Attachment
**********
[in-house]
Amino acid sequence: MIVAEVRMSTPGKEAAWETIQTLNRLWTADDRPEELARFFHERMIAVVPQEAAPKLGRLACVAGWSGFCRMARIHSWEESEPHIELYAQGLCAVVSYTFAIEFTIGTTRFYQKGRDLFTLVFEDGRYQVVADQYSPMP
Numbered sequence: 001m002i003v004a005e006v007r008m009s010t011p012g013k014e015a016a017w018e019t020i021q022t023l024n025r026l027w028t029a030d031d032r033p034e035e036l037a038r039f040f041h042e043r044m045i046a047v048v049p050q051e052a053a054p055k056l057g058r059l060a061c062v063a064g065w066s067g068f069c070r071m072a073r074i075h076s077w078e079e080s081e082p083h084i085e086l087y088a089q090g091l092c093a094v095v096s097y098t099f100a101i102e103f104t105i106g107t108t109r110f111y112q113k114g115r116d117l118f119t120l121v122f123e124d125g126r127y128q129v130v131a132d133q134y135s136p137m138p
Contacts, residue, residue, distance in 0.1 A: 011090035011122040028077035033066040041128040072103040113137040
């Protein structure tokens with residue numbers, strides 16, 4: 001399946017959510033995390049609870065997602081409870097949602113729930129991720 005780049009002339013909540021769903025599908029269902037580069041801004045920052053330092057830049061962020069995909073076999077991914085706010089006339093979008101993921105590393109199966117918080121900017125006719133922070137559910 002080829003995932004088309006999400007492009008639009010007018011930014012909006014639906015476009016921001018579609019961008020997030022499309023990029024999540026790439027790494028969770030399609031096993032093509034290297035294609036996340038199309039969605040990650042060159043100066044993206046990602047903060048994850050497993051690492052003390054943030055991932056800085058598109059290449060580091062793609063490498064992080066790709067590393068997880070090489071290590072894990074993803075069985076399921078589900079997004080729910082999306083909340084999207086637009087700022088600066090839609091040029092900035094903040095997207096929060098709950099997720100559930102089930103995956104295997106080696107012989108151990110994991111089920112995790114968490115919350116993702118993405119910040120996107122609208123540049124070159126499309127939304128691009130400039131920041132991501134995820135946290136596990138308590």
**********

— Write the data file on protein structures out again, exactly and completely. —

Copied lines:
[in-house]
Amino acid sequence: MIVAEVRMSTPGKEAAWETIQTLNRLWTADDRPEELARFFHERMIAVVPQEAAPKLGRLACVAGWSGFCRMARIHSWEESEPHIELYAQGLCAVVSYTFAIEFTIGTTRFYQKGRDLFTLVFEDGRYQVVADQYSPMP
Numbered sequence: 001m002i003v004a005e006v007r008m009s010t011p012g013k014e015a016a017w018e019t020i021q022t023l024n025r026l027w028t029a030d031d032r033p034e035e036l037a038r039f040f041h042e043r044m045i046a047v048v049p050q051e052a053a054p055k056l057g058r059l060a061c062v063a064g065w066s067g068f069c070r071m072a073r074i075h076s077w078e079e080s081e082p083h084i085e086l087y088a089q090g091l092c093a094v095v096s097y098t099f100a101i102e103f104t105i106g107t108t109r110f111y112q113k114g115r116d117l118f119t120l121v122f123e124d125g126r127y128q129v130v131a132d133q134y135s136p137m138p
Contacts, residue, residue, distance in 0.1 A: 011090035011122040028077035033066040041128040072103040113137040
């Protein structure tokens with residue numbers, strides 16, 4: 001399946017959510033995390049609870065997602081409870097949602113729930129991720 005780049009002339013909540021769903025599908029269902037580069041801004045920052053330092057830049061962020069995909073076999077991914085706010089006339093979008101993921105590393109199966117918080121900017125006719133922070137559910 002080829003995932004088309006999400007492009008639009010007018011930014012909006014639906015476009016921001018579609019961008020997030022499309023990029024999540026790439027790494028969770030399609031096993032093509034290297035294609036996340038199309039969605040990650042060159043100066044993206046990602047903060048994850050497993051690492052003390054943030055991932056800085058598109059290449060580091062793609063490498064992080066790709067590393068997880070090489071290590072894990074993803075069985076399921078589900079997004080729910082999306083909340084999207086637009087700022088600066090839609091040029092900035094903040095997207096929060098709950099997720100559930102089930103995956104295997106080696107012989108151990110994991111089920112995790114968490115919350116993702118993405119910040120996107122609208123540049124070159126499309127939304128691009130400039131920041132991501134995820135946290136596990138308590």